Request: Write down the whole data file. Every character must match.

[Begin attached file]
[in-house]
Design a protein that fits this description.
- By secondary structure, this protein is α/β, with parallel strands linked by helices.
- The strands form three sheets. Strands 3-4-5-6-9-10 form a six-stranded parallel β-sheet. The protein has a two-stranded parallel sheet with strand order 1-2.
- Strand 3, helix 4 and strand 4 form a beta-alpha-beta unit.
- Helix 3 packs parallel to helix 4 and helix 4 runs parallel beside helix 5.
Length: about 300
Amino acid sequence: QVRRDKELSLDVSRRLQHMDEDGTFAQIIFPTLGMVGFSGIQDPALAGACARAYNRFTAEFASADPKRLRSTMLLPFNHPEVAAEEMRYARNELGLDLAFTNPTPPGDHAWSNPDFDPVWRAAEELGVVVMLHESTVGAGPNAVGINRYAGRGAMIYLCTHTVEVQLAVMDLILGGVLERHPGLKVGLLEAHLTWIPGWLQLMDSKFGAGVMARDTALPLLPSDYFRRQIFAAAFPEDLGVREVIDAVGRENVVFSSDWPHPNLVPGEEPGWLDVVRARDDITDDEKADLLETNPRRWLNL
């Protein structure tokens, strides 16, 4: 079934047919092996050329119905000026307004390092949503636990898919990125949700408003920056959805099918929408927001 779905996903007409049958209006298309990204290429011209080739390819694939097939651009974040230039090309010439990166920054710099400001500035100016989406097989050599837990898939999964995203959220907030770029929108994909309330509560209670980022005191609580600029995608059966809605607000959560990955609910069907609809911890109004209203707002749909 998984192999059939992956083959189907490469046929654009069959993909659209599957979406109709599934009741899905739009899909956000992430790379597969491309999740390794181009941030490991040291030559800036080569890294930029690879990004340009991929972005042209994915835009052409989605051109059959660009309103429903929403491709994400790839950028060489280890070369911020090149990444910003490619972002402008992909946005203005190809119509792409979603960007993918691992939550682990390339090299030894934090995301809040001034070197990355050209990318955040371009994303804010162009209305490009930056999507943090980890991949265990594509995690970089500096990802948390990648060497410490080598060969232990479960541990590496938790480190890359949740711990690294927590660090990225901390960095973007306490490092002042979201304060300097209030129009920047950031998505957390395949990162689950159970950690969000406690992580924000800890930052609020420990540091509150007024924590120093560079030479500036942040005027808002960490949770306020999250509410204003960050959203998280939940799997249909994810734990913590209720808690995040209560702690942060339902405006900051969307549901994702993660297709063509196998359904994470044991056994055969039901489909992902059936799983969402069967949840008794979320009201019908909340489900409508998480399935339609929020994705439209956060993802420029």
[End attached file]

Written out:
[in-house]
Design a protein that fits this description.
- By secondary structure, this protein is α/β, with parallel strands linked by helices.
- The strands form three sheets. Strands 3-4-5-6-9-10 form a six-stranded parallel β-sheet. The protein has a two-stranded parallel sheet with strand order 1-2.
- Strand 3, helix 4 and strand 4 form a beta-alpha-beta unit.
- Helix 3 packs parallel to helix 4 and helix 4 runs parallel beside helix 5.
Length: about 300
Amino acid sequence: QVRRDKELSLDVSRRLQHMDEDGTFAQIIFPTLGMVGFSGIQDPALAGACARAYNRFTAEFASADPKRLRSTMLLPFNHPEVAAEEMRYARNELGLDLAFTNPTPPGDHAWSNPDFDPVWRAAEELGVVVMLHESTVGAGPNAVGINRYAGRGAMIYLCTHTVEVQLAVMDLILGGVLERHPGLKVGLLEAHLTWIPGWLQLMDSKFGAGVMARDTALPLLPSDYFRRQIFAAAFPEDLGVREVIDAVGRENVVFSSDWPHPNLVPGEEPGWLDVVRARDDITDDEKADLLETNPRRWLNL
């Protein structure tokens, strides 16, 4: 079934047919092996050329119905000026307004390092949503636990898919990125949700408003920056959805099918929408927001 779905996903007409049958209006298309990204290429011209080739390819694939097939651009974040230039090309010439990166920054710099400001500035100016989406097989050599837990898939999964995203959220907030770029929108994909309330509560209670980022005191609580600029995608059966809605607000959560990955609910069907609809911890109004209203707002749909 998984192999059939992956083959189907490469046929654009069959993909659209599957979406109709599934009741899905739009899909956000992430790379597969491309999740390794181009941030490991040291030559800036080569890294930029690879990004340009991929972005042209994915835009052409989605051109059959660009309103429903929403491709994400790839950028060489280890070369911020090149990444910003490619972002402008992909946005203005190809119509792409979603960007993918691992939550682990390339090299030894934090995301809040001034070197990355050209990318955040371009994303804010162009209305490009930056999507943090980890991949265990594509995690970089500096990802948390990648060497410490080598060969232990479960541990590496938790480190890359949740711990690294927590660090990225901390960095973007306490490092002042979201304060300097209030129009920047950031998505957390395949990162689950159970950690969000406690992580924000800890930052609020420990540091509150007024924590120093560079030479500036942040005027808002960490949770306020999250509410204003960050959203998280939940799997249909994810734990913590209720808690995040209560702690942060339902405006900051969307549901994702993660297709063509196998359904994470044991056994055969039901489909992902059936799983969402069967949840008794979320009201019908909340489900409508998480399935339609929020994705439209956060993802420029």